We found that this underlying reason was different depending on how the individual chose to manage their emotions. Deep actors were more likely to say they were being positive for prosocial reasons — because they liked their coworkers and valued their relationships with them. Regulators, on the other hand, tended to control their emotions for impression management — to avoid looking bad, or to try and get ahead at work. It’s perhaps unsurprising, then, that deep actors’ colleagues were more willing to offer help and support.

Based on our results, it is clear to us that being positive through genuine attempts to feel better yourself offers more benefits compared to simply faking your emotions. The next time you feel a bad mood coming on, take a step back and remember that having high-quality connections with your coworkers can be valuable to you, and to creating a better work environment. That should hopefully help you break a true smile.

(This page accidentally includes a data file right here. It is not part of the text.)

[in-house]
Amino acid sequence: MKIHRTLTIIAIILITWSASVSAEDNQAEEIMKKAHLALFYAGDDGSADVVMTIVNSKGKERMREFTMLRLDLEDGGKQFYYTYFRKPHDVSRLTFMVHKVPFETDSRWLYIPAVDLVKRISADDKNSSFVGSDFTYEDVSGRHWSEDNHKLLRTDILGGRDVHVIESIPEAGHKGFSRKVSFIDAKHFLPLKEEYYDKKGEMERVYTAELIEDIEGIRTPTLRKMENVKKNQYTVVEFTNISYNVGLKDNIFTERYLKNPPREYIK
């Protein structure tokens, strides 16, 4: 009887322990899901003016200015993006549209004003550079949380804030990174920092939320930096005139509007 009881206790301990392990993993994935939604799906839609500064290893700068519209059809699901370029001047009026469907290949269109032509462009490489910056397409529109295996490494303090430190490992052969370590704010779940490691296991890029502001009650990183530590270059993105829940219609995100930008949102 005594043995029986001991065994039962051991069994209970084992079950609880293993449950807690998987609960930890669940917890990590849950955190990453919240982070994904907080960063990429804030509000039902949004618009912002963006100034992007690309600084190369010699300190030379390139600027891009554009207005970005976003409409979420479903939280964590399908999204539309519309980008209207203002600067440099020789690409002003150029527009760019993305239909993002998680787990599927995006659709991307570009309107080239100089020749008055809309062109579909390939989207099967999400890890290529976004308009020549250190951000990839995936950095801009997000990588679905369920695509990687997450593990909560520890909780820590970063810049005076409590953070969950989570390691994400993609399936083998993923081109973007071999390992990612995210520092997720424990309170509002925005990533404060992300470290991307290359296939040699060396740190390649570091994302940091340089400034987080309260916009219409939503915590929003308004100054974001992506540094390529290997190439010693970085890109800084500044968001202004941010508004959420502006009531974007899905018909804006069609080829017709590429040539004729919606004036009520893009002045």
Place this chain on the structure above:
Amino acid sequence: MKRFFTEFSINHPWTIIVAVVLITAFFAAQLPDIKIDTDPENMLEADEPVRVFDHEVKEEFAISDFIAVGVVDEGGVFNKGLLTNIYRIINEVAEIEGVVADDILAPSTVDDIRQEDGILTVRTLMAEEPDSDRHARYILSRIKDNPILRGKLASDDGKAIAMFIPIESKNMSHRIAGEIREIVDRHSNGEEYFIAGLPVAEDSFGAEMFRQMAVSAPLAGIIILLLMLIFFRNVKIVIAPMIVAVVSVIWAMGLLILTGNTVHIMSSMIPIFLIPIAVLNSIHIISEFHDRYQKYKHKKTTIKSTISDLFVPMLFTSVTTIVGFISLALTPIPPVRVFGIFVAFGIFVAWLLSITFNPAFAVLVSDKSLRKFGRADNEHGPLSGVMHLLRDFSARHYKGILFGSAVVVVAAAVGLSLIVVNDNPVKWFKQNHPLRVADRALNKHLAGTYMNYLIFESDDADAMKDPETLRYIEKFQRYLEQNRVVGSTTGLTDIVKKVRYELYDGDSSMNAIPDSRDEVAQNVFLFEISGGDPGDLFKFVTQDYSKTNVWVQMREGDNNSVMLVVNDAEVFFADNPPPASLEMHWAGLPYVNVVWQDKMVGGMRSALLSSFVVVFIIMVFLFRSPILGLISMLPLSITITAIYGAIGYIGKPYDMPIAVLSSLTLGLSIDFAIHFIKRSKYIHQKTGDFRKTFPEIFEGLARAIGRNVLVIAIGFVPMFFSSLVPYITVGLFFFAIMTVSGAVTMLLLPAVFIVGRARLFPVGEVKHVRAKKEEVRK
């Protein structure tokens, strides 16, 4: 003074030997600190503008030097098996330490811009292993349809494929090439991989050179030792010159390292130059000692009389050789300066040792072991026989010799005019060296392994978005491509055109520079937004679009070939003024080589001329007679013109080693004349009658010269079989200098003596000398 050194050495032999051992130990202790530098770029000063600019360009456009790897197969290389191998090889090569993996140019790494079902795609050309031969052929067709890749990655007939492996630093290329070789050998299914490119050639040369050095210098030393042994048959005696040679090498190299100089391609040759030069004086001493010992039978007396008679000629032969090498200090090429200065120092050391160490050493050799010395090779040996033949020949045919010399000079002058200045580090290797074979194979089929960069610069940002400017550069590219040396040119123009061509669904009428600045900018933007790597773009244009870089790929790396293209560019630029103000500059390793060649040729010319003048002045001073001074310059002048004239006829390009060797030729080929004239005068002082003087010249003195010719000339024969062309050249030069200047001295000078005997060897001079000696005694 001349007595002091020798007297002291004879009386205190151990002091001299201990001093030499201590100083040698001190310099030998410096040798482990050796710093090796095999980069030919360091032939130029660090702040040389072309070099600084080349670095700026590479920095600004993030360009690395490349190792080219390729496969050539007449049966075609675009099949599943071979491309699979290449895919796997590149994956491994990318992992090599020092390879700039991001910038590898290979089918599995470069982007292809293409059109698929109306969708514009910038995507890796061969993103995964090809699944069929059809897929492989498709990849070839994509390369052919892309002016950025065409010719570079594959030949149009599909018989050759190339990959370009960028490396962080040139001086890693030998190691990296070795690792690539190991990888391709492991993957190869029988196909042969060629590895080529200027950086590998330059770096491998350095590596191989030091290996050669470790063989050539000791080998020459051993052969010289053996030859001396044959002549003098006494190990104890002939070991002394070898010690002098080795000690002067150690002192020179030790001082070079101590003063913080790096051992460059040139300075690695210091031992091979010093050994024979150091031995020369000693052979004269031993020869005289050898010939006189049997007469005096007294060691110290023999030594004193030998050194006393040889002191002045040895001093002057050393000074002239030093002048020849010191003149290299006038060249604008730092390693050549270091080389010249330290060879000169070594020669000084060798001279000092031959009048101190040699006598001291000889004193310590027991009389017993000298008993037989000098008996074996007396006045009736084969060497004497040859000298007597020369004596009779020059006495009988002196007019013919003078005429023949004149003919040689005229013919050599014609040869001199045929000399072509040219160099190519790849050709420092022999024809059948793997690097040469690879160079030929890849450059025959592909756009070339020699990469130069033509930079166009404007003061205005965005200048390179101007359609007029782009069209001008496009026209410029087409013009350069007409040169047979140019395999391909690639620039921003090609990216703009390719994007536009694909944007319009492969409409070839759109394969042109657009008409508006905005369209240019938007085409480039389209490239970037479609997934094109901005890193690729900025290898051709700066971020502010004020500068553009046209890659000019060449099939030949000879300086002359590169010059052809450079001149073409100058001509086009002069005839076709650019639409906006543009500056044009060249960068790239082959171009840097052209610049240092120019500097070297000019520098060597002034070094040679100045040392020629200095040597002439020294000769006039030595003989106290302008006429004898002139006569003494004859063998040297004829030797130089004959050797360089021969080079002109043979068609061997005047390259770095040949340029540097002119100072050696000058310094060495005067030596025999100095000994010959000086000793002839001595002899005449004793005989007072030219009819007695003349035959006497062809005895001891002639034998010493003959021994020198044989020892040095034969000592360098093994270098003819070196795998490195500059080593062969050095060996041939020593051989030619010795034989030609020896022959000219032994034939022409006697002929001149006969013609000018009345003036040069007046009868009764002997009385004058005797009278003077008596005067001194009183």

Allison S. Gabriel is an Associate Professor and Robbins Fellow in the Department of Management and Organizations at the University of Arizona’s Eller College of Management.

Joel Koopman is an assistant professor in the Department of Management at Texas A&M University’s Mays Business School.

Christopher C. Rosen is a professor and John H. Tyson Chair in Business Management in the Department of Management at the University of Arkansas’ Sam M. Walton College of Business.

John D. Arnold is currently a Ph.D. candidate at Florida State University and will start in July 2020 as an assistant professor in the Management Department at the University of Missouri’s Robert J. Trulaske, Sr. College of Business.

Wayne Hochwarter is the Jim Moran Professor of Organizational Behavior and Research Fellow at the Moran School of Entrepreneurship at Florida State University, and a Research Fellow at Australia Catholic University.